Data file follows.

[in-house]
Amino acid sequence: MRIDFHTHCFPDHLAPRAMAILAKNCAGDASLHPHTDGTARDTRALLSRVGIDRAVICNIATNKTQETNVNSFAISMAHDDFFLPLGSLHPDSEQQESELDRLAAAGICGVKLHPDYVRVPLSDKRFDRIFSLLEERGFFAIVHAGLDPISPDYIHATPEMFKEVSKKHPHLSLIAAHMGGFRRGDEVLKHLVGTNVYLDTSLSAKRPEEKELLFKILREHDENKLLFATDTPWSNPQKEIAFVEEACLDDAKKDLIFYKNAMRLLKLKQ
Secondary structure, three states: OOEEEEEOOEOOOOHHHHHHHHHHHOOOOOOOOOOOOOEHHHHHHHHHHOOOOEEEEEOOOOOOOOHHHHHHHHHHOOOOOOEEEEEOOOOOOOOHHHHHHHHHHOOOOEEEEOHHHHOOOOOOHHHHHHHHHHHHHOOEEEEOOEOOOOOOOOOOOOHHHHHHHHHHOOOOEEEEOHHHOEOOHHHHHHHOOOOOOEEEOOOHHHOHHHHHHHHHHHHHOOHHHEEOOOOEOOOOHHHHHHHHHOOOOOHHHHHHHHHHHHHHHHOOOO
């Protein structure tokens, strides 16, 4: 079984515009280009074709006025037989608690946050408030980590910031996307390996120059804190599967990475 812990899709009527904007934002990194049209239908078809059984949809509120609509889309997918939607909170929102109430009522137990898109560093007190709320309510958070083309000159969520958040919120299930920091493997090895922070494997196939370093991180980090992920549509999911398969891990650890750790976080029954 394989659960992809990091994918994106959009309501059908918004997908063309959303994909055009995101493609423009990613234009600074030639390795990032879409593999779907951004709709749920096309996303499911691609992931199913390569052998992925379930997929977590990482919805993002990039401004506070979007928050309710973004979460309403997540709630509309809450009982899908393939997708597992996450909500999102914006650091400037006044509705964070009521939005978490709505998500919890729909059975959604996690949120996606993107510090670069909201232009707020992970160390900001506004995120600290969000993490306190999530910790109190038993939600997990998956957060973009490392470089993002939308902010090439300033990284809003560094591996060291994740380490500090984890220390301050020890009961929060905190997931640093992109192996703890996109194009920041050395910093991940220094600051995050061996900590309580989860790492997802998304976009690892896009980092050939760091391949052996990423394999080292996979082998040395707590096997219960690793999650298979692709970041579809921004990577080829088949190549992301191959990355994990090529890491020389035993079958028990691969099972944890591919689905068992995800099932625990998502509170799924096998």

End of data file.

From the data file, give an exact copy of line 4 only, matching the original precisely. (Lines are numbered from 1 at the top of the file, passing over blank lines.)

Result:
């Protein structure tokens, strides 16, 4: 079984515009280009074709006025037989608690946050408030980590910031996307390996120059804190599967990475 812990899709009527904007934002990194049209239908078809059984949809509120609509889309997918939607909170929102109430009522137990898109560093007190709320309510958070083309000159969520958040919120299930920091493997090895922070494997196939370093991180980090992920549509999911398969891990650890750790976080029954 394989659960992809990091994918994106959009309501059908918004997908063309959303994909055009995101493609423009990613234009600074030639390795990032879409593999779907951004709709749920096309996303499911691609992931199913390569052998992925379930997929977590990482919805993002990039401004506070979007928050309710973004979460309403997540709630509309809450009982899908393939997708597992996450909500999102914006650091400037006044509705964070009521939005978490709505998500919890729909059975959604996690949120996606993107510090670069909201232009707020992970160390900001506004995120600290969000993490306190999530910790109190038993939600997990998956957060973009490392470089993002939308902010090439300033990284809003560094591996060291994740380490500090984890220390301050020890009961929060905190997931640093992109192996703890996109194009920041050395910093991940220094600051995050061996900590309580989860790492997802998304976009690892896009980092050939760091391949052996990423394999080292996979082998040395707590096997219960690793999650298979692709970041579809921004990577080829088949190549992301191959990355994990090529890491020389035993079958028990691969099972944890591919689905068992995800099932625990998502509170799924096998």